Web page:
Massachusetts Health Care Reform and Orthopaedic Trauma: Lessons Learned Mitchel B. Harris, MD, FACS
Summary: Massachusetts was the ﬁrst state to implement its own version of the Affordable Care Act (ACA), when it passed the Massachusetts Health Care Reform (MHR) in 2006. Similar to the ACA, its explicit purpose was universal access to health care to all residents of Massachusetts. We believe that the inﬂuence of MHR on orthopaedic trauma in Massachusetts will have implications on trauma systems across the country, given the similarities between ACA and MHR. Therefore, in this article, we discuss our experiences as Orthopaedic trauma surgeons with regard to MHR. In this regard, we reviewed the effects of the implementation of MHR on the orthopaedic trauma services at 3 of the 4 level one trauma centers in Boston, MA. Our results demonstrate a dramatic reduction in the proportion of uncompensated care at these centers in addition to the number of uninsured patients with orthopaedic trauma injuries. Key Words: Massachusetts Health Care Reform, Affordable Care Act, orthopaedic trauma health policy (J Orthop Trauma 2014;28:S20–S22)
assachusetts is generally considered to be the birthplace of the Affordable Care Act (ACA) (also known as “ObamaCare”).1,2 The impetus for Massachusetts Health Care Reform (MHR) and the ACA is simple; neither the state(s) nor the federal government can afford to continue spending increasing amounts of their general budget on health care ﬁnance.3 On April 12, 2006, the Massachusetts legislature approved its landmark health care reform law: Chapter 58: “An Act Providing Access to Affordable, Quality, and Accountable Health Care (MHR).” Given the relationship between ACA and MHR (Table 1),4 it is important to investigate the inﬂuence of MHR on Orthopaedic trauma to better understand potential national implications of the ACA on trauma systems. The primary stated intent of the MHR was to decrease ﬁnancial barriers to gain access to health care to all citizens of the Commonwealth. Our lawmakers concurrently postulated that by improving access to primary care physicians, there would be a substantial decrease in unwarranted and expensive Accepted for publication July 17, 2014. From the Department of Orthopedic Surgery, Harvard Orthopedic Trauma Initiative, Boston, MA. The author reports no conﬂict of interest. Reprints: Mitchel B. Harris, MD, FACS, Department of Orthopedic Surgery, Brigham and Women’s Hospital, 75 Francis St, Boston, MA 02115 (e-mail: [email protected]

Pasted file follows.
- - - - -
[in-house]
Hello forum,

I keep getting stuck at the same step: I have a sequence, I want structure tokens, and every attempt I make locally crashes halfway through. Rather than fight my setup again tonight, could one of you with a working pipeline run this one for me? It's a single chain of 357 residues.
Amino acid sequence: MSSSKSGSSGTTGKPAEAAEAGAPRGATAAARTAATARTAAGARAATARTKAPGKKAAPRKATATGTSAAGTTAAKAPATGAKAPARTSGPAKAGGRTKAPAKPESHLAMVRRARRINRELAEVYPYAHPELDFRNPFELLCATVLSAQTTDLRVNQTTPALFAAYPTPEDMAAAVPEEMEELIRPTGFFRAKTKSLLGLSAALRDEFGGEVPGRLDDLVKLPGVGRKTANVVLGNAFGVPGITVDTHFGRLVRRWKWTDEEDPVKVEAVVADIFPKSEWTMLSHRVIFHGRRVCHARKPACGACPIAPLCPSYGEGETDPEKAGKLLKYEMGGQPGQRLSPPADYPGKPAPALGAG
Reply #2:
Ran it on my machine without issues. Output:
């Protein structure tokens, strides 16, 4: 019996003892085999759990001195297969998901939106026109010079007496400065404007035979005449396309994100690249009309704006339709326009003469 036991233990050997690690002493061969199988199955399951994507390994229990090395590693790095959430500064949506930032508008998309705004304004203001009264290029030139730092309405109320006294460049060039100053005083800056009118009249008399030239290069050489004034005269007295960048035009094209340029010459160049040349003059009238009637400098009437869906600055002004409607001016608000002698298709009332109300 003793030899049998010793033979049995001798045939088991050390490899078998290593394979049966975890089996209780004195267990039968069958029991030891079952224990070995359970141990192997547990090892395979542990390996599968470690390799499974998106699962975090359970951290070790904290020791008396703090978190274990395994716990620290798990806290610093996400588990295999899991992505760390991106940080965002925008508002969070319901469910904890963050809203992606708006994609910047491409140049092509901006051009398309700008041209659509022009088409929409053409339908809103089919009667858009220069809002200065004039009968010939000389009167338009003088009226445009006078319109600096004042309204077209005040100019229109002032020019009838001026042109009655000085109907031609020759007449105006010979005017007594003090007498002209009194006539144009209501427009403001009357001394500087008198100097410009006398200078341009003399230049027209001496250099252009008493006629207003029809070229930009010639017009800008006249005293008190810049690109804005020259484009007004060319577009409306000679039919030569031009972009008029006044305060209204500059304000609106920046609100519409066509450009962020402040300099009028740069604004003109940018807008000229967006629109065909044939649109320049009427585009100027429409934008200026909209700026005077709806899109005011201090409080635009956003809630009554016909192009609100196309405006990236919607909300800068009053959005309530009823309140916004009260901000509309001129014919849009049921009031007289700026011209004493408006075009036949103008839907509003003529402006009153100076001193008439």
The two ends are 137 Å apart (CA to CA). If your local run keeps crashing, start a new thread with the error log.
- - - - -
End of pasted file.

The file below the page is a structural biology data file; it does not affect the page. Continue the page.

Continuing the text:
). Copyright © 2014 by Lippincott Williams & Wilkins